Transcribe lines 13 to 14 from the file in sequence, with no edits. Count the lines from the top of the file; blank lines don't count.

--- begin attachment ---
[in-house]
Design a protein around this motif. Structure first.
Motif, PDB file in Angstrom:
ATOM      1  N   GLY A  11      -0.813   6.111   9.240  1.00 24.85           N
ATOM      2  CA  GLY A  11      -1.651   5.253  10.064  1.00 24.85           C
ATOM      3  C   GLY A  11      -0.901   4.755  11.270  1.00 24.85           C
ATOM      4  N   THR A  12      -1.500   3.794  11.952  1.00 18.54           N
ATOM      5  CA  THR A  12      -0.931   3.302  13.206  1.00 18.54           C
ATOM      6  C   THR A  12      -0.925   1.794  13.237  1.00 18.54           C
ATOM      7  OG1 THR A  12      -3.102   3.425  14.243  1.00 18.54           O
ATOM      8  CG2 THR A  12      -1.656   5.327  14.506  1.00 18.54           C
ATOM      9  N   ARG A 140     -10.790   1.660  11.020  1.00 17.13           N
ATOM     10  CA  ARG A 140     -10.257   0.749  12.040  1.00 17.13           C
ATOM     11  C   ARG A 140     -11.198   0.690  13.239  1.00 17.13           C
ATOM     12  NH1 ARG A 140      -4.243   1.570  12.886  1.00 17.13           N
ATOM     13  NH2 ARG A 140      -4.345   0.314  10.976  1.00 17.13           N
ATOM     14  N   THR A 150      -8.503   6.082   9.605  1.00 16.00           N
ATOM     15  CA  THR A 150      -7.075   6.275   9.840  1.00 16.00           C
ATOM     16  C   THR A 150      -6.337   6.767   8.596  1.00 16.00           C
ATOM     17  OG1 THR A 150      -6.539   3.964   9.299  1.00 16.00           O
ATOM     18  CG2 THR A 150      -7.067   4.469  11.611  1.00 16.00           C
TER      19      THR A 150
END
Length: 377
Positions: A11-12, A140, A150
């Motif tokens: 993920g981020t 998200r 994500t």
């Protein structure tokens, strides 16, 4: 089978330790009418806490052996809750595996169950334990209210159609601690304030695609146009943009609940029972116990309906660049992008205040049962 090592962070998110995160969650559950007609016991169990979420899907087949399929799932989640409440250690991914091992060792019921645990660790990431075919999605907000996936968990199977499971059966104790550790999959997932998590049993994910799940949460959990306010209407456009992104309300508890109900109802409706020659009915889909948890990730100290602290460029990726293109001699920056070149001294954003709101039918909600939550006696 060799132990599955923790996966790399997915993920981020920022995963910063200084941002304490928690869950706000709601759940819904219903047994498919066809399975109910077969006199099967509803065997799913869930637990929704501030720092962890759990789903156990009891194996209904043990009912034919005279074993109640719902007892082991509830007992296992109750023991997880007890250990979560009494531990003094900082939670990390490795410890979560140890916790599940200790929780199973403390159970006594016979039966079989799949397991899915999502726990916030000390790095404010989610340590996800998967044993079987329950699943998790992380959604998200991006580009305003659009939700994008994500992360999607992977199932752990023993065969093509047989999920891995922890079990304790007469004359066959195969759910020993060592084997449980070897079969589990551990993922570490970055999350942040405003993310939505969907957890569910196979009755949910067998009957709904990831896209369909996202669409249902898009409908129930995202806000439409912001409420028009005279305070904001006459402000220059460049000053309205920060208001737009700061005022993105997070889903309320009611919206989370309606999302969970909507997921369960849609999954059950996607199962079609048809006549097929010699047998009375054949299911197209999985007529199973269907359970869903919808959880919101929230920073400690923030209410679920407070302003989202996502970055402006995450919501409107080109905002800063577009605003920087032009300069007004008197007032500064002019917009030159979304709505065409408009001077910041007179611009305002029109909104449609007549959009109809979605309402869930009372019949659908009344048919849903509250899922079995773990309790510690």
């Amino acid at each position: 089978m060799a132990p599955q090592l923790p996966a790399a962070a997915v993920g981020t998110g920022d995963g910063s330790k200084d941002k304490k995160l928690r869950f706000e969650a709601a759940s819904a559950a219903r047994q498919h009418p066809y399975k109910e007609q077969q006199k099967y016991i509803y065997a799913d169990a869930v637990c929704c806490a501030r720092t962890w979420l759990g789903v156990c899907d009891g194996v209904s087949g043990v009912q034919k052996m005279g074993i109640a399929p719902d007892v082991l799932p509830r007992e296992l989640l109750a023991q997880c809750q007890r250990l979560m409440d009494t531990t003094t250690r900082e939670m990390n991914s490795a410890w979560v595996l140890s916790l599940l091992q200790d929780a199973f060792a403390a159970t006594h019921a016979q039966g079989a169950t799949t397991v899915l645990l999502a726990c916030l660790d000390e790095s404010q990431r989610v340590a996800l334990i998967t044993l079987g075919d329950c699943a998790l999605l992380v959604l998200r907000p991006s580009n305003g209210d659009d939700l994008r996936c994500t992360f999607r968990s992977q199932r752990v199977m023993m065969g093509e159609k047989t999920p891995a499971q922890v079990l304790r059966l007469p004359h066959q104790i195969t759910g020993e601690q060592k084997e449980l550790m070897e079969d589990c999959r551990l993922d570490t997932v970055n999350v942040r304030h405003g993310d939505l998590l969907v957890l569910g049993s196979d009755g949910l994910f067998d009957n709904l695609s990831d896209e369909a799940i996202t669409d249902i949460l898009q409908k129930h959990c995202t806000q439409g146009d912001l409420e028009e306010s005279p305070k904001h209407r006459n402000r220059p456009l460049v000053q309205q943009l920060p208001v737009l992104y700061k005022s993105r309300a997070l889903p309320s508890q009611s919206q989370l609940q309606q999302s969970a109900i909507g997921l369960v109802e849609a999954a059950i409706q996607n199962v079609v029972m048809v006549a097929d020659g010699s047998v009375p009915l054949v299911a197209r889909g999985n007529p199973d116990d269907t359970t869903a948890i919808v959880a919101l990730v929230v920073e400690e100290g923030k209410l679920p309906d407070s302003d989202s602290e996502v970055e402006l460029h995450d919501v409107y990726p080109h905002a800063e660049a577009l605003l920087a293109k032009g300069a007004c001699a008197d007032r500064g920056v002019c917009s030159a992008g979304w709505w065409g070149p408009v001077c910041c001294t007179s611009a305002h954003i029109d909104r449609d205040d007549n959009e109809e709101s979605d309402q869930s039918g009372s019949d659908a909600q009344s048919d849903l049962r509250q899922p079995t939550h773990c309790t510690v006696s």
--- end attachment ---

ATOM     10  CA  ARG A 140     -10.257   0.749  12.040  1.00 17.13           C
ATOM     11  C   ARG A 140     -11.198   0.690  13.239  1.00 17.13           C